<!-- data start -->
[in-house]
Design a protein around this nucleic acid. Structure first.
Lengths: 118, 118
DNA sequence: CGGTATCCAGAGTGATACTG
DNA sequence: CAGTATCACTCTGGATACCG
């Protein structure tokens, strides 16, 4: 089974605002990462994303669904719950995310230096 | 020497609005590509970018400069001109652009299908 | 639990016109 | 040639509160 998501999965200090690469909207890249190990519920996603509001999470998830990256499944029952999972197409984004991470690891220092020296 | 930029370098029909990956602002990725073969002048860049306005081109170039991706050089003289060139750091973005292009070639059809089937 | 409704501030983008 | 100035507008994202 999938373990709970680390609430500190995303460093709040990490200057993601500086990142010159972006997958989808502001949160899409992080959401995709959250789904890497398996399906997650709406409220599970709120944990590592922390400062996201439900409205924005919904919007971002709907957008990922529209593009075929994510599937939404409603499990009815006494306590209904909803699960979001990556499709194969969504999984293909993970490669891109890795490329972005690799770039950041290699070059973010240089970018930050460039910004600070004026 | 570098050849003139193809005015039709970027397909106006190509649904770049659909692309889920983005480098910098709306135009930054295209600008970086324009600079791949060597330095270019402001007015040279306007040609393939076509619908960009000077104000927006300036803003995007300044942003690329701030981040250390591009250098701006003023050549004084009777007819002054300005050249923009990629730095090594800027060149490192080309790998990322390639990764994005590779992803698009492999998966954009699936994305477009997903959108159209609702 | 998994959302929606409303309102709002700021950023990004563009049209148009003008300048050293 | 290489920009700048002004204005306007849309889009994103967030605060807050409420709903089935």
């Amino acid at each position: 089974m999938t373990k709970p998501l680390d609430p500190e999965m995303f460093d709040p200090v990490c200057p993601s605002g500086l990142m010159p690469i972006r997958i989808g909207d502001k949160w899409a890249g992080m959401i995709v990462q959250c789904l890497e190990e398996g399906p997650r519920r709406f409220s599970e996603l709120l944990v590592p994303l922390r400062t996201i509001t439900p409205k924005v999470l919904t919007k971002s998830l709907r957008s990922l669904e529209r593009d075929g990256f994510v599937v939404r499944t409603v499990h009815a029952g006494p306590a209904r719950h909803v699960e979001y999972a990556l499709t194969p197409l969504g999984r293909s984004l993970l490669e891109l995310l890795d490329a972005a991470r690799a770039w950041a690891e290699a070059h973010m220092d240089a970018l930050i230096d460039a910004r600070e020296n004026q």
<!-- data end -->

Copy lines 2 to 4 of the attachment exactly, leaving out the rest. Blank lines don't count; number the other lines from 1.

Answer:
Design a protein around this nucleic acid. Structure first.
Lengths: 118, 118
DNA sequence: CGGTATCCAGAGTGATACTG